ADJUDICATION OFFICER DECISION/RECOMMENDATION
Adjudication Reference: ADJ-00005941
Complaint/Dispute Reference No.
Date of Receipt
Complaint seeking adjudication by the Workplace Relations Commission under Section 8 of the Unfair Dismissals Act, 1977
Complaint seeking adjudication by the Workplace Relations Commission under section 6 of the Payment of Wages Act, 1991
Date of Adjudication Hearing: 17/01/2017
Workplace Relations Commission Adjudication Officer: Michael Hayes
Location of Hearing: Galway Maldron Hotel
In accordance with Section 41 of the Workplace Relations Act, 2015 and/or Section 8 of the Unfair Dismissals Acts, 1977 - following the referral of the complaint(s)/dispute(s) to me by the Director General, I inquired into the complaint(s)/dispute(s) and gave the parties an opportunity to be heard by me and to present to me any evidence relevant to the complaint(s)/dispute(s).
The complainant was employed by the respondent in the period 27th of April 2009 until the 26th of June 2015 as a bar tender. He earned €540 and worked 42 hours per week. The parties made oral and written submission to the hearing.
Complaint reference number 00000981-002 made under the Payment of Wages Act, 1991 was settled prior to hearing. The parties agreed to amend the name of the employer as above.
Summary of Complainant’s Case:
The complainant submits that he was unfairly dismissed from his employment pursuant to s. 1 (b) of the Act. He was requested to attend a meeting with the respondent on the 26th of June 2015 at which it was explained to him that the respondent had engaged the services of a private investigator over the previous two weeks to deal with the fact that the stock take had been down each month on an on-going basis. He responded that it was an on-going issue which predated his employment. He was invited to view CCTV footage where he sold two drinks (€9) and failed to ring it in. He explained that there had been an over ring (€8.90) earlier in the day and in line with common and accepted practice he was rectifying the error. The explanation was not accepted and he was presented with two alternatives that either the matter would be fully investigated or that he could resign immediately. He felt that the matter had already been decided and his reply was that the respondent could “have your investigation but you will see I am innocent, so I’d rather leave now”. The respondent hastily drew up a letter of resignation which the complainant signed. He made no admission of wrongdoing nor was he afforded an opportunity to consider the matter or take appropriate advice. He was not at any stage furnished with a copy of any reports or otherwise on which the respondent relied. He was effectively ambushed with no regard for his rights. The meeting lasted 10 minutes in total.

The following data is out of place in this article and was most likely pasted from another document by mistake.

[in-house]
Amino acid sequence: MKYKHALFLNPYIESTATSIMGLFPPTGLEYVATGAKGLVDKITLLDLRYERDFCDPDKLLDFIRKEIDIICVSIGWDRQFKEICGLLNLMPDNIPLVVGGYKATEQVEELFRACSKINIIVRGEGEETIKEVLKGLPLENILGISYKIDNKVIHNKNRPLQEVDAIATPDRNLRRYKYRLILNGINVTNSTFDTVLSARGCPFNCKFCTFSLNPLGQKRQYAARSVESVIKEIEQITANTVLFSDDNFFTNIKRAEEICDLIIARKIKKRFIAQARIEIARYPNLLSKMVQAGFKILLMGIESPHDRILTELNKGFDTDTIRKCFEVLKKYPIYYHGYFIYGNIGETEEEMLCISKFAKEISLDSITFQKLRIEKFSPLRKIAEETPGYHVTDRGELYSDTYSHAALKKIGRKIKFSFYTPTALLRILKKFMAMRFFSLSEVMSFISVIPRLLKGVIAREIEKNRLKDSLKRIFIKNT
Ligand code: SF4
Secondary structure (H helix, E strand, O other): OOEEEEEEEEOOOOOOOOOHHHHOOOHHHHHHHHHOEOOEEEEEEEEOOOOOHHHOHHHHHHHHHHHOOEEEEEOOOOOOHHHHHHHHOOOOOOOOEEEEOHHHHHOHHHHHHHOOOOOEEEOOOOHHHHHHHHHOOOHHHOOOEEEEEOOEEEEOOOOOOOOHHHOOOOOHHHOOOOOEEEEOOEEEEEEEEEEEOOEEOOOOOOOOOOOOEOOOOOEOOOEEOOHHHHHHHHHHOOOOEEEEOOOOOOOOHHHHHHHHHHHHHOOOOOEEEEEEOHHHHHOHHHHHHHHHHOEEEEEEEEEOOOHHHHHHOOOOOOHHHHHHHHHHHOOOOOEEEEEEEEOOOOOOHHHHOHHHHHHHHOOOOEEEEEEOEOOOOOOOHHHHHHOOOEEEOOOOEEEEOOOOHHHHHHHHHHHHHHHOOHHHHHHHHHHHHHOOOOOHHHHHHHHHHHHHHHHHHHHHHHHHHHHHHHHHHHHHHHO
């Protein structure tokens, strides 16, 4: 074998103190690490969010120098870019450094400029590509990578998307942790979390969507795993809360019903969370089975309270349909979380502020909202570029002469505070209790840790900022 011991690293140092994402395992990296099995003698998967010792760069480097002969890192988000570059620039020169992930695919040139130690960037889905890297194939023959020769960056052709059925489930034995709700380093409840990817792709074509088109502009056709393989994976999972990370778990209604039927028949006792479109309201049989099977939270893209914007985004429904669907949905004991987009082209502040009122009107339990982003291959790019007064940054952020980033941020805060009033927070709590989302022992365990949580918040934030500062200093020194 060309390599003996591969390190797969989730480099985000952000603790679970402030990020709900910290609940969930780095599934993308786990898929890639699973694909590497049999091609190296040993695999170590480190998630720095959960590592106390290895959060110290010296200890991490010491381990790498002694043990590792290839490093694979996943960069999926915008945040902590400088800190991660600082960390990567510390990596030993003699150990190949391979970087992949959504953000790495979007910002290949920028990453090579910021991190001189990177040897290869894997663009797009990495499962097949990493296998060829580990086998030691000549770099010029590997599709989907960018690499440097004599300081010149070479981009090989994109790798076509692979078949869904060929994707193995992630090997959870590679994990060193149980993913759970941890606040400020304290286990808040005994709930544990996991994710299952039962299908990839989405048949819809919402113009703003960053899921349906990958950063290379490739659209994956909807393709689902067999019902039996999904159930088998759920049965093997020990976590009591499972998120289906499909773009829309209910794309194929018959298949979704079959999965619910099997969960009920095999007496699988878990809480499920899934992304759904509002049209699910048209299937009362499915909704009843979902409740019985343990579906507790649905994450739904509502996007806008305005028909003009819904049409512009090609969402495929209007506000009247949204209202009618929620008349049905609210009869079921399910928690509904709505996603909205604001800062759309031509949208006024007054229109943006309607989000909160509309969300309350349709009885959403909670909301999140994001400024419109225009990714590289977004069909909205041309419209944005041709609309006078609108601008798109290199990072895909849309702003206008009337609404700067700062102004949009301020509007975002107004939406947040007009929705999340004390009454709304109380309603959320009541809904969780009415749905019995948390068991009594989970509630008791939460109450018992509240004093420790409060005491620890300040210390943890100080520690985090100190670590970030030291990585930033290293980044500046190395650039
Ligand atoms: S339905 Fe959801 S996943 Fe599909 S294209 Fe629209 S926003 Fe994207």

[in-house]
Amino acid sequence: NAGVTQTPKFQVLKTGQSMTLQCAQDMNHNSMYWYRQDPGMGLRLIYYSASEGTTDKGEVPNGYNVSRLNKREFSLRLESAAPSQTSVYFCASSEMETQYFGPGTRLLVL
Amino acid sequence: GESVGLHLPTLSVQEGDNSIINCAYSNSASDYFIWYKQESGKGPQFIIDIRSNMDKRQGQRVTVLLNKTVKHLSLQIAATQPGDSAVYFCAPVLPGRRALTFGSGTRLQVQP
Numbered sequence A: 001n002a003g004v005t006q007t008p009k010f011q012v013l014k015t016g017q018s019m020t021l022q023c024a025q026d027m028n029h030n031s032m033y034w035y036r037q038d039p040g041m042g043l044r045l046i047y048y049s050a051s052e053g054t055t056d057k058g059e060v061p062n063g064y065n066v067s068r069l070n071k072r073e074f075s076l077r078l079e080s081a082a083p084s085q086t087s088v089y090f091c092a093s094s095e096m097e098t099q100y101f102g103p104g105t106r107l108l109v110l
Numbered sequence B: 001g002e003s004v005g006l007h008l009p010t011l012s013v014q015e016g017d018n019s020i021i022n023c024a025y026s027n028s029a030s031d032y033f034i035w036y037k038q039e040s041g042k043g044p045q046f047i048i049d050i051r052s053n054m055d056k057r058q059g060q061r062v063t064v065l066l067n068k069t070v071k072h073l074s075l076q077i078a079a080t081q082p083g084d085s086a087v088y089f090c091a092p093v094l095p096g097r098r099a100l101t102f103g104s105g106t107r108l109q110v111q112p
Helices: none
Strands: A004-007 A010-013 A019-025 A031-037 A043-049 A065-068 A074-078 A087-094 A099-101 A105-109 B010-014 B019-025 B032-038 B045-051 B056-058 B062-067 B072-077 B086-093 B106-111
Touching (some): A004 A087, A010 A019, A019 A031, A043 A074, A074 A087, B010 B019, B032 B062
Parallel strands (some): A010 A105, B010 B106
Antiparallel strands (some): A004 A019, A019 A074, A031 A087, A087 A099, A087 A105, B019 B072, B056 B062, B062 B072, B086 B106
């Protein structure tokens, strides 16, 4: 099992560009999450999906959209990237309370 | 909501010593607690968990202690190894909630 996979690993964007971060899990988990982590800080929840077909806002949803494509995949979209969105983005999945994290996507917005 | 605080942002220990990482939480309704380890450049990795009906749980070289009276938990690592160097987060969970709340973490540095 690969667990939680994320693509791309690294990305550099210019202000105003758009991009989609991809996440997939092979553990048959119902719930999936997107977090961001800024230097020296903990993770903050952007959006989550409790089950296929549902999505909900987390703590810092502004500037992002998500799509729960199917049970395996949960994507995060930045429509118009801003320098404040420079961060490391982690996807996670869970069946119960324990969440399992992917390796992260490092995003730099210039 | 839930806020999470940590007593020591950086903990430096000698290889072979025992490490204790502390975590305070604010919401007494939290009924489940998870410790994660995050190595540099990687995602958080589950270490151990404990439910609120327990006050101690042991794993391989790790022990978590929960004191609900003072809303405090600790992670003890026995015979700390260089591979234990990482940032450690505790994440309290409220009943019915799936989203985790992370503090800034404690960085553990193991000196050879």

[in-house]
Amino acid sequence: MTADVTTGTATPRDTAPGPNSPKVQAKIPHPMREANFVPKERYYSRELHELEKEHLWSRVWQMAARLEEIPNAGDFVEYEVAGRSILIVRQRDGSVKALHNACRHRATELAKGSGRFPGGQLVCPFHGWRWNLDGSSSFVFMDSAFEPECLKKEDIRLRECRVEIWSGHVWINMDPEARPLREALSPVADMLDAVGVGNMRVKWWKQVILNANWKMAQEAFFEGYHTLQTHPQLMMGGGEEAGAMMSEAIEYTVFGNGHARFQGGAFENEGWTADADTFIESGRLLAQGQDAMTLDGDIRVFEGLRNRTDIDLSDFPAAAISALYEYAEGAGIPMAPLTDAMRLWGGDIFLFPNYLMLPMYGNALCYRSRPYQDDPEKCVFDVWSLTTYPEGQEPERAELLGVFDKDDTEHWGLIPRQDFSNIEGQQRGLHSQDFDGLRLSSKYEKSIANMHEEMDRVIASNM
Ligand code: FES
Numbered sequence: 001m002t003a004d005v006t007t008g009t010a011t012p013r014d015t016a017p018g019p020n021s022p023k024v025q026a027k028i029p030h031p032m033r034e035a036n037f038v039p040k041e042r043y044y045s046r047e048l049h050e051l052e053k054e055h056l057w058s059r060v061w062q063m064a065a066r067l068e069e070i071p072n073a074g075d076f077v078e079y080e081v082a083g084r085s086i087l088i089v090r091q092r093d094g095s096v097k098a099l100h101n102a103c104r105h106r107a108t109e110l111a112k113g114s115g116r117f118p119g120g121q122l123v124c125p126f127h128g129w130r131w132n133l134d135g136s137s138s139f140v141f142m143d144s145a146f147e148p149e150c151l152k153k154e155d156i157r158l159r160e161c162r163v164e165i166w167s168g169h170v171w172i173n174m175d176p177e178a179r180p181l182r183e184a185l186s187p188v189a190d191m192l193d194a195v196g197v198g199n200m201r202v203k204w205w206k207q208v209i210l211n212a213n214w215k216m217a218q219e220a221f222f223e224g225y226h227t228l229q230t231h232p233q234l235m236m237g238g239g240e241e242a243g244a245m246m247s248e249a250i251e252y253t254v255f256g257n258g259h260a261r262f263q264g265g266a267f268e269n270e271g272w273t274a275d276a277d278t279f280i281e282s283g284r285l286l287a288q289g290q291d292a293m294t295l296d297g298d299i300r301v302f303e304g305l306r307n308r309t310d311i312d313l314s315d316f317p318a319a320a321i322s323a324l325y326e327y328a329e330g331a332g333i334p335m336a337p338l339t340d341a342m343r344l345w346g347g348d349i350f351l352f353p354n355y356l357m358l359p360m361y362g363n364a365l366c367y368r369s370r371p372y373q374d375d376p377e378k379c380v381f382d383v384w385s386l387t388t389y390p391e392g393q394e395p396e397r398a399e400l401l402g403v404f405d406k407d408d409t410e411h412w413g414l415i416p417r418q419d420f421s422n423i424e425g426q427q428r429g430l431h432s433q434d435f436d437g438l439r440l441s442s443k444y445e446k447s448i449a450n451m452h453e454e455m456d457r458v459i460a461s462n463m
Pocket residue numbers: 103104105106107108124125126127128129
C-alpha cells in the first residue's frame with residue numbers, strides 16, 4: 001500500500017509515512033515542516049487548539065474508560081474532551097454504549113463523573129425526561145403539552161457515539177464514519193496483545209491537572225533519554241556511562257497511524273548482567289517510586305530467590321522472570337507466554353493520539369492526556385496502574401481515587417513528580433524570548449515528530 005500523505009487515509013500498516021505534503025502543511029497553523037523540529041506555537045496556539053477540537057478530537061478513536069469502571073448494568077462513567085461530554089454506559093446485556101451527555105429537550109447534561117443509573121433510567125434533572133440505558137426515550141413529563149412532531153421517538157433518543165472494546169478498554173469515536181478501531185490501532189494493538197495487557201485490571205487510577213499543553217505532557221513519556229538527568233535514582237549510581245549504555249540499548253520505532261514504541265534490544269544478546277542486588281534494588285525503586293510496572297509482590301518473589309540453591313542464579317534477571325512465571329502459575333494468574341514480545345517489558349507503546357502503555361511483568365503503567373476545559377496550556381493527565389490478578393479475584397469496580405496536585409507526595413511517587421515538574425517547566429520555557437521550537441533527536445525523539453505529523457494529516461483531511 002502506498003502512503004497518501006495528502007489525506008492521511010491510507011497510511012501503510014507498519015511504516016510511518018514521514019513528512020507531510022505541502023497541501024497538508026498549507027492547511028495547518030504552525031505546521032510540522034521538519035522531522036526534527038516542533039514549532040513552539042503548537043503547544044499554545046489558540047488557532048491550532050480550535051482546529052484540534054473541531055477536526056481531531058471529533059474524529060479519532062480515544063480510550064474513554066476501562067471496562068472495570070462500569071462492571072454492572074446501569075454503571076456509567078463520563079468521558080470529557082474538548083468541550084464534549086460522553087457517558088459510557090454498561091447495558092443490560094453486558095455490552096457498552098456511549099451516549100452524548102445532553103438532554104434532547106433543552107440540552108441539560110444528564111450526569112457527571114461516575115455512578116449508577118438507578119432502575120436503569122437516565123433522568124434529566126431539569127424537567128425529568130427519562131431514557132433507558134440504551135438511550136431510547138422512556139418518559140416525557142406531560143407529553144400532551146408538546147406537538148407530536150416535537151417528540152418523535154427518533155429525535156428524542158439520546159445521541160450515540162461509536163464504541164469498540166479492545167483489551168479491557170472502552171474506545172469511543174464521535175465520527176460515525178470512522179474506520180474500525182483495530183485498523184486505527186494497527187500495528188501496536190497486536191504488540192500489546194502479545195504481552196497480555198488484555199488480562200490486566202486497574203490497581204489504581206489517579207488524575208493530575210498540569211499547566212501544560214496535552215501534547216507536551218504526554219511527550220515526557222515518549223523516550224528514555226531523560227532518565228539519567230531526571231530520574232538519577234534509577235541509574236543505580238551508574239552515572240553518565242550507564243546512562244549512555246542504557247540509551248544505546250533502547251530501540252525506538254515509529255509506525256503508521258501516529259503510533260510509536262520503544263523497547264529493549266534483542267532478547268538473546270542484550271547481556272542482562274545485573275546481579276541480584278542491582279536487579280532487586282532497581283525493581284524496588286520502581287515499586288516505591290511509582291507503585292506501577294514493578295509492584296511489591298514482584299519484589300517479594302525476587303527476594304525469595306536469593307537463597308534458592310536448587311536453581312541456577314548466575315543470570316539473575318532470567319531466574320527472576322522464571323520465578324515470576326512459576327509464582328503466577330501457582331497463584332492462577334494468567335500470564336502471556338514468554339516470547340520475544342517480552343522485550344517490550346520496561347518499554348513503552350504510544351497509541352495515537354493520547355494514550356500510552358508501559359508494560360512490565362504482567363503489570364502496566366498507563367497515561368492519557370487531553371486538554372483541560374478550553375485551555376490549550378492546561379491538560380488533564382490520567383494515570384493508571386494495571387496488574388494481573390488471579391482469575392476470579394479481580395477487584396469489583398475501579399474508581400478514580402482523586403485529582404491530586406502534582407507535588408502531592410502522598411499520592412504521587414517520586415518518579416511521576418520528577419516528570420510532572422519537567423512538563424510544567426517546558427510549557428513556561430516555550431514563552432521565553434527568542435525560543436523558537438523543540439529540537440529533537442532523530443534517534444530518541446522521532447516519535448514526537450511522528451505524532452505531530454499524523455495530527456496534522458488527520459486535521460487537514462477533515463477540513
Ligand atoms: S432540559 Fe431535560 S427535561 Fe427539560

Summary of Respondent’s Case:
The respondent submits that the complainant resigned his position on the 26th of June 2015 with immediate effect and that he was advised of his rights prior to resigning. The services of an investigative consultancy were engaged to enquire into a long term stock discrepancy and a report issued on the 25th of July 2016. The report identified “a number of incidences in the previous weeks whereby the Complainant (and another member of staff) had repeatedly and systematically served drinks to patrons of the bar without registering accurately (or at all) the drinks so served on the cash register.” On the 26th inst. the investigator attended at the premises and ordered and paid for two drinks at 12.30pm neither of which was registered. CCTV and till scan receipts were viewed by the respondent at the same time and they confirmed that the sale was not registered. The complainant was asked to attend a meeting on the same afternoon. The on-going stock discrepancy problem was outlined to him together with the recent efforts to deal with the matter. He was shown the CCTV footage (still) together with the invoice journal of the sale to the investigator at 12.30pm and was unable to explain it other than to state that it must have been a mistake on his part. He was then shown the report of 25th inst. and shown the till scan printouts and CCTV footage identifying incidences on the 11th, 15th, 16th and 20th of June where drinks served were not registered by him on the till. He was unable to explain these incidences. He was advised that in the event that he denied the allegations arising from the report that a formal investigation would ensue and that he would be suspended on full pay pending the outcome. The parameters of such investigation were outlined to him including his right to full disclosure, representation, appeal in the event of adverse finding against him and his right to be accompanied at all stages. The complainant stated that he would take the option to resign, if available and the respondent agreed. The letter of resignation was drawn up by the respondent and duly signed. No ultimatum was given and he resigned of his own free will.